I may be wrong, but aren't our national parks created for the land and wildlife to be able to revert back to it's natural undisturbed past. It's kinda like the wolves, farmers fought to keep them from coming back and the same for other species across the country. Farmers should be the last to be concerned for, let them get their livestock vaccined. As for the wolf problem....what would the real farmers 100 years ago done, watch their herds and manage their risks???? Seems like the solution to me...maybe I'm crazy! It only took how many years to get the Bison to come back from the brink of gone for good...which was done by farmers turned fur traders...Hum????

  • Bison Hazing Operations Inside Yellowstone National Park Fuel Controversy   5 years 29 weeks ago

    Cattlemen next to some National parks pay $1.00 a year for their cattle to graze on Public Land. I'm
    surprised that they are asking for"cream in their coffee."
    Remember, no case of brusilossis has been documented from Bison.
    The Bison need photojournalist to record this helicopter activity. And I thought Sara Palin was in Alaska......

  • Rangers Narrow Search Area in Grand Canyon National Park For Missing Hiker   5 years 29 weeks ago

    Hey Kurt:

    The search and rescue crews are dealing with temps in the 100's inside the canyon. I hope Mr. Williams is found o.k. The canyon can be a deadly place if you are not prepared for the extreme climate.

  • Senate Loads Credit Card Bill With Amendment to Allow Loaded Weapons in National Parks   5 years 29 weeks ago

    >>Kurt, thanks for showing through the use of numerous examples that prohibiting weapons does not stop people from being stupid and using weapons illegally.<<

    Frank, just for clarification, while guns were, and continue to be, prohibited in Sequoia at the time of the shooting I mentioned, the other incidents occurred on U.S. Forest Service and BLM lands where weapons were permitted. Perhaps if there had been a ban the incidents wouldn't have happened. Surely target ranges wouldn't have been set up.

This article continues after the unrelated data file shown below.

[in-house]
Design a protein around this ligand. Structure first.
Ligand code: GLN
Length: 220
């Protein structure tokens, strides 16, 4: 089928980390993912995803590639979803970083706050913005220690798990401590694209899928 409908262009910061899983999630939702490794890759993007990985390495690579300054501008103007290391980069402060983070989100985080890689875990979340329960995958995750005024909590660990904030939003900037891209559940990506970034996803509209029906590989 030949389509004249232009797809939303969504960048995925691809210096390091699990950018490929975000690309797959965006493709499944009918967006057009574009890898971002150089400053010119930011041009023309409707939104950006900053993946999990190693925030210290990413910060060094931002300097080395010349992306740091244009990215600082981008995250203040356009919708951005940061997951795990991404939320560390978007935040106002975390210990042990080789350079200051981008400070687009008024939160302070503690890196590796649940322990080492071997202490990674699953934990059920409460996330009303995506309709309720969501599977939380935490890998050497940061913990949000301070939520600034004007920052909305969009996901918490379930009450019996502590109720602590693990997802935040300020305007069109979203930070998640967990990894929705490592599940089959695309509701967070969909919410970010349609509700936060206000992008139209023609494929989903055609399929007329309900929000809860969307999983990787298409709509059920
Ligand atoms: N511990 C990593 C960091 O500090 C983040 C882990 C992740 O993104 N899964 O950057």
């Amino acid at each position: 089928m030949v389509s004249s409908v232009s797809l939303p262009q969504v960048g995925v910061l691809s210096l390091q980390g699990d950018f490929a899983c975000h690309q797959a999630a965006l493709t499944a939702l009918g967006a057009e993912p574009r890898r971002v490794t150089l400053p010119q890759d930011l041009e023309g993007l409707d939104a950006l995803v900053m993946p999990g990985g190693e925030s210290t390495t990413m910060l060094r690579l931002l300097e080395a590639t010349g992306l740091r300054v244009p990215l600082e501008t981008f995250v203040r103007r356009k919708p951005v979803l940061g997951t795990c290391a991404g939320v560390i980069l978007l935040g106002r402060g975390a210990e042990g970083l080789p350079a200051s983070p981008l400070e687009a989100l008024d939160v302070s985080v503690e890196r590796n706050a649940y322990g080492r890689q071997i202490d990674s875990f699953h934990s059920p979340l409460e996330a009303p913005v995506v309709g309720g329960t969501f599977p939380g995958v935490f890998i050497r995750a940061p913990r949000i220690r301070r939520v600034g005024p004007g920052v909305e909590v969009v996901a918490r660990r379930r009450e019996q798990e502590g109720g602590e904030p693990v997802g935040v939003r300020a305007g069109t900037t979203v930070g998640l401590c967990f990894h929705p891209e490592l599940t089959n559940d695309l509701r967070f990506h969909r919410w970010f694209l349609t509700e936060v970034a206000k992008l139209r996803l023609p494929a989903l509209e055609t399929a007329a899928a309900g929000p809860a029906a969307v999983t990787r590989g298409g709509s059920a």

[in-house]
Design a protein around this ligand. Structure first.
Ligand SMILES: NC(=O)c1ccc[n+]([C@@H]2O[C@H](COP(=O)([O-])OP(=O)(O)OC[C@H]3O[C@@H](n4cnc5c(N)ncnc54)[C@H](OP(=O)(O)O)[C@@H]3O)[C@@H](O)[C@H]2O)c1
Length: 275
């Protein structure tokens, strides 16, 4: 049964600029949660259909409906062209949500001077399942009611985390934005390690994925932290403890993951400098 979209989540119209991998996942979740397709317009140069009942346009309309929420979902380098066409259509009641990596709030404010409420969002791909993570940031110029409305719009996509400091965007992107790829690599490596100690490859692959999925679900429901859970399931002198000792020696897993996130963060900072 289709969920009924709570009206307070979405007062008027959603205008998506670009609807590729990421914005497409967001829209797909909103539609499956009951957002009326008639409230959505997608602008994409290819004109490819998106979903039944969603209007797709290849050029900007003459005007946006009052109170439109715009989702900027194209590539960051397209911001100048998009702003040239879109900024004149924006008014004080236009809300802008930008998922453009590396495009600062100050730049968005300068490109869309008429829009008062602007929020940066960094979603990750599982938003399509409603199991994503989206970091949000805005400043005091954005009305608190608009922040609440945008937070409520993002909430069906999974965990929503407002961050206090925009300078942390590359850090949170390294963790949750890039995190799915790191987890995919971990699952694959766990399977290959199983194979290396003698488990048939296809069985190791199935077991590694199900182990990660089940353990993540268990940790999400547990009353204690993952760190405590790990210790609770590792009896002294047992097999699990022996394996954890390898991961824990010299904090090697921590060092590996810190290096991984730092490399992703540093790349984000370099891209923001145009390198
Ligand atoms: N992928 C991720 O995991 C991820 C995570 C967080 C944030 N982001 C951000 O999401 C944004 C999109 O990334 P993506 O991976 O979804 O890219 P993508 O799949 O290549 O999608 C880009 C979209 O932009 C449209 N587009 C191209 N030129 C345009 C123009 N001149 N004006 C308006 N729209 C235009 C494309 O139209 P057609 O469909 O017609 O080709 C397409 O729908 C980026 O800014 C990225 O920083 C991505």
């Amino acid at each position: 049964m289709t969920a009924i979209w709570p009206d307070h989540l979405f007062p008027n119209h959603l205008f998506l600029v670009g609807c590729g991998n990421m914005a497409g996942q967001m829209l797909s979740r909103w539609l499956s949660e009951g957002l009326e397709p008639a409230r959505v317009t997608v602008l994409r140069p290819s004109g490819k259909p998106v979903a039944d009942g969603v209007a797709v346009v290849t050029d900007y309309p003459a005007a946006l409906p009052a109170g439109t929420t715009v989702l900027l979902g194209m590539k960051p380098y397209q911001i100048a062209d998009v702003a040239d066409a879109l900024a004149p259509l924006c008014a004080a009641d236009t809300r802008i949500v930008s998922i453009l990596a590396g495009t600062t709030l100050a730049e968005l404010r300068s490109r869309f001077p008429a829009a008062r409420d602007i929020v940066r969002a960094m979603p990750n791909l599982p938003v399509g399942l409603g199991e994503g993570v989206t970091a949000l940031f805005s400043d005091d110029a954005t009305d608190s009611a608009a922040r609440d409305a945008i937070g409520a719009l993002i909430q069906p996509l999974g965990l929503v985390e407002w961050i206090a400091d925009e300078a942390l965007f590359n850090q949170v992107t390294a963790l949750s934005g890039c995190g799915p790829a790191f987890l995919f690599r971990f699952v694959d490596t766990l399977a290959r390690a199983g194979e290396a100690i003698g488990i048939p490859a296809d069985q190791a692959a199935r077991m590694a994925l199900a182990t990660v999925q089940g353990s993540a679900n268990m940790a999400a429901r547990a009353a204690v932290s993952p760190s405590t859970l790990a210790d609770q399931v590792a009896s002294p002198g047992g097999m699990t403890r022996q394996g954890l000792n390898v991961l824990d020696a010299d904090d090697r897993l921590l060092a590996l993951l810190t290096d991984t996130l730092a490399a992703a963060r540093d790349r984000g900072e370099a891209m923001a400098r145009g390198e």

That said, I would agree that some people will do what they want with firearms, regardless of the regulations.

  • Senate Loads Credit Card Bill With Amendment to Allow Loaded Weapons in National Parks   5 years 29 weeks ago

    Rick, thanks for trying to control the conversation and censor me again. My conversation was with Mr. Bane, but thanks for chiming in.

    Kurt, thanks for showing through the use of numerous examples that prohibiting weapons does not stop people from being stupid and using weapons illegally. The acts you reference, which are illegal now, will remain illegal under the current ruling. As for the BLM land in Arizona, I have visited the BLM land near Quartzsite, Arizona where many camp during the winter months. I'm told that the BLM has stepped up education about and prosecution of those who saguaro cacti for target practice, and the effort seems to be working.

  • Senate Loads Credit Card Bill With Amendment to Allow Loaded Weapons in National Parks   5 years 29 weeks ago

    Ah, Frank C., you're back on the gun issue, slippery slopes and all. Please admit that people can disagree with you. That's what this forum is all about. You get your say, Ray Bane gets his, I get mine. Is that an example of the domino theory?

    Rick Smith

  • Senate Loads Credit Card Bill With Amendment to Allow Loaded Weapons in National Parks   5 years 29 weeks ago

    >....National Forest Service land has not turned into the mythical* wild west<<

    Perhaps it hasn't turned exactly into the Wild West, mythical or otherwise, but some incidents in parks, forests, and BLM lands are worth noting because they do support concerns many have expressed about exactly what might happen in national parks:

    * In 2007 there was a campground shooting in Sequoia NP. A no-doubt-fearless camper started firing his 9mm into the night, presumably spooked by what might have been a black bear cleaning up table scraps. Rangers found 9 shell casings.

    * A Minnesota Court of Appeals just this week upheld a prison sentence for a 21-year-old involved in a 2007 "drunken shooting spree" in the Boundary Waters Canoe Area, which is located in the Superior National Forest, where firearms are permitted.

    * At a BLM property near Santa Fe, NM, someone "damaged by deliberate shooting" a panel of 8,000-year-old petroglyphs.

    * In the Ironwood Forest National Monument, near Tuscon, Ariz., officials are thinking of banning target shooting because some visitors are resorting to old computers and TVs as targets and leaving the mess behind.